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In the last decade, mobile service providers, device makers and Internet companies built a virtual second world for us to live, work and play in – a digital one. At the start of this new decade, Telenor Group’s research arm believes that people will reflect more on how our real world and this new digital reality should safely and productively intersect.
“Many of the trends we spotlight for next year show innovation charging ahead faster than ever, enabled by more access and more demand, as well as by revolutionary new tech platforms and sociopolitical forces,” says Bjørn Taale Sandberg, Head of Telenor Research.
“At the same time,” Sandberg adds, “other trends suggest we are having a common technological epiphany, a kind of digital realisation. People are waking up and examining how and where technologies, including AI, Machine Learning, IoT, and new network innovations will best and most securely connect them with the people and things that matter most. The world of technology isn’t a place that can be defined by a single storyline, it’s our job to understand the larger sometimes contradicting contexts we live in – in both of our worlds – and then to home in on the most important developments that could reshape our lives.”
Here are the 20 trends that point to an exciting, chaotic and complex 2020:
Green innovations go beyond hype and get real
Reusable shopping bags, plastic straw bans and “flight shaming” have been the causes du jour among the Instagram Influencer set, but big picture… in 2020, no one will be satisfied with empty words, greenwashing or drop-in-the-bucket efforts anymore. In 2020, we will see green innovations go beyond the hype, using combinations of IoT, big data and AI tech to measure consumption, reduce demand and significantly reduce carbon footprints while cutting costs and building new revenue streams. This action comes as a result of consumers, investors, purchasers in the business world and employees demanding that we get our act together.
The telco industry will be a crucial foundation of the future economy and can drive real change across multiple sectors in society, in collaboration with its suppliers, investors and customers. Telcos can encourage their equipment vendors, IoT hardware and mobile phone manufacturers to commit to higher climate ambitions, by using recycled raw materials, responsible minerals provisioning, renewable power, new modes of transportation and sustainable packaging.
Moving into 2030; businesses, particularly in Europe, will move toward sourcing 100 percent renewable electricity, laying the foundation of climate neutral business operations. And for consumers, mobile services will continue to provide the capacity for individuals to access apps and services that will drive more widespread and effective green habits wherever they are. Finally, in the tech space, we’ll see increasingly generous public and private financing for green startups and scale-ups. What will drive successful “green” cases in business? A combination of sustainable business models, availability of data, digital competence and strong leadership.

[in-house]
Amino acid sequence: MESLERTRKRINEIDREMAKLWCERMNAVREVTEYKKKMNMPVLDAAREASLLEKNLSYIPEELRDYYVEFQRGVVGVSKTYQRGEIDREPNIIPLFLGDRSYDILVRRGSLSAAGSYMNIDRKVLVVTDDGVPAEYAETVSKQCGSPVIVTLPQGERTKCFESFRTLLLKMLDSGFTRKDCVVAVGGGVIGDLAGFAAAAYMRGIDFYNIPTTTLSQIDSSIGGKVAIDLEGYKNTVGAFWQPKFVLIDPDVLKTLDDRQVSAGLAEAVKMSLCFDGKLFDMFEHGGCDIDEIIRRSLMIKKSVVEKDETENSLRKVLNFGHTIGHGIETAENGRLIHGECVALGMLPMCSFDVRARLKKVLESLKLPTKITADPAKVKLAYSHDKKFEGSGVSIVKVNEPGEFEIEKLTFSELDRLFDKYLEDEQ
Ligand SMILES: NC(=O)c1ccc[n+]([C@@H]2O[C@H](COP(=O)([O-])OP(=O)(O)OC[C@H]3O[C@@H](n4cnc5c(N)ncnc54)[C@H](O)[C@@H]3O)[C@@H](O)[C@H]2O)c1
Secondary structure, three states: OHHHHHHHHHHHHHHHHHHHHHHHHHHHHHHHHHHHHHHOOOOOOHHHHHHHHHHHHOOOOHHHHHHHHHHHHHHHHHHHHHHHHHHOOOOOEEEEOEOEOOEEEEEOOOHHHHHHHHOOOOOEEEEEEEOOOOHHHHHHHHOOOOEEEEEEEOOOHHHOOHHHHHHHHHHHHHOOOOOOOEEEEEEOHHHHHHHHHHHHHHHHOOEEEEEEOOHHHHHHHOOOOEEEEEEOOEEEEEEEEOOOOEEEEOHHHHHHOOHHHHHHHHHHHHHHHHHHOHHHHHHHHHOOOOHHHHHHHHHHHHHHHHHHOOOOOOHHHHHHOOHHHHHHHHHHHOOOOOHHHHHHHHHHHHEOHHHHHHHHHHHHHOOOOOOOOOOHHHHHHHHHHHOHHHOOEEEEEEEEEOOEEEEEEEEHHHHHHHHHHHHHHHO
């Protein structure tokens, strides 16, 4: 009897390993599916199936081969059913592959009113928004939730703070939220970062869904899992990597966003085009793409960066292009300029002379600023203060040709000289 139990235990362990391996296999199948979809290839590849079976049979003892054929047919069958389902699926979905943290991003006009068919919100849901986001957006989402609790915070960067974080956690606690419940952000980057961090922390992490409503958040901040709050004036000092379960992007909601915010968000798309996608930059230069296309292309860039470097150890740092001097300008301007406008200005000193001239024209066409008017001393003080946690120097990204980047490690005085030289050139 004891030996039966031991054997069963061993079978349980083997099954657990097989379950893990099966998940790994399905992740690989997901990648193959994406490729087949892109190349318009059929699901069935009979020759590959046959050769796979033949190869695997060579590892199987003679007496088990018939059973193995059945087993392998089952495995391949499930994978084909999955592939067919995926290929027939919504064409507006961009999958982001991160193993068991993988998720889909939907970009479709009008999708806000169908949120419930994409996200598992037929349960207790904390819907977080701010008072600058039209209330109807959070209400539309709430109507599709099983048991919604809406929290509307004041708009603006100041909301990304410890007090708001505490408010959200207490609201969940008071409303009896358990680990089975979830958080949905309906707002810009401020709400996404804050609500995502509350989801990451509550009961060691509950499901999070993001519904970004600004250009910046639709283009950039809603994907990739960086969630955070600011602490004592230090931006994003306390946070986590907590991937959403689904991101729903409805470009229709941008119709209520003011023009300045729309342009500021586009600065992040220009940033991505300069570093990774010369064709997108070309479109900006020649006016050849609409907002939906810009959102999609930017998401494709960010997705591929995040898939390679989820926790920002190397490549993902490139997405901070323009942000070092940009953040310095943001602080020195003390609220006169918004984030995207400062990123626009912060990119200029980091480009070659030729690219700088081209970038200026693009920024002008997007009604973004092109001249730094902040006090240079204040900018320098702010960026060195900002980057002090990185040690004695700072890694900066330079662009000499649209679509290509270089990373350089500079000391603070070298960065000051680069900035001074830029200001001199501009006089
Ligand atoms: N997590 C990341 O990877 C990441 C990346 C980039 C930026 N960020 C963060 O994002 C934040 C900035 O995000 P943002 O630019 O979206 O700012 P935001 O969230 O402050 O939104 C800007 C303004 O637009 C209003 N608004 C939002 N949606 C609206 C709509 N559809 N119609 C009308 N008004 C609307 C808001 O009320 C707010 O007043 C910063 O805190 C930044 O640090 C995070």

A growing “internet” of connected health, medical and communications devices – attached to our bodies
The term, Internet of things (IoT) has been given copious column inches in recent years, particularly in the business, tech and trade press. But sensors on shipping containers, manufacturing systems and agriculture infrastructure, while broadly impactful, aren’t relatable to the everyday tech user. But 2020 promises to bring all of this much, much closer to home. If you thought that people and mobile technology were already more or less “attached at the hip”, well, be prepared to be taken literally. This next year will see the “Internet of Bodies” become a much bigger thing.
Today and even more so starting next year, we are connecting our bodies through a host of monitors that measure blood pressure, blood oxygen, activity, heart rate, arrhythmia and even snoring. And in 2020 we will see the first applications that go beyond just monitoring and into actual auto-interventions. One such example is insulin pumps. A large community of patients and health advocates, “We are Not Waiting”, have pushed the frontier for a long time, and in 2020, we will see the first commercial systems closing the loop between reading blood sugar and delivering insulin to the body. Biohacks such as Elon Musk’s Neuralink startup are still far from commercialization, but there are diseases and conditions that are costly and care intensive where the “IoB” will have great potential.
5G, IoT and AI will spur industry collaborations that share competence and co-create world-changing platforms
2019 was year 0 for commercial 5G launches. In 2020 we will see widespread launches in most developed economies. Mobile providers will put 5G’s speed and capacity on centre stage, but the real innovations, and with them, sweeping societal changes, will come from behind the scenes where industries are getting together and mixing things up.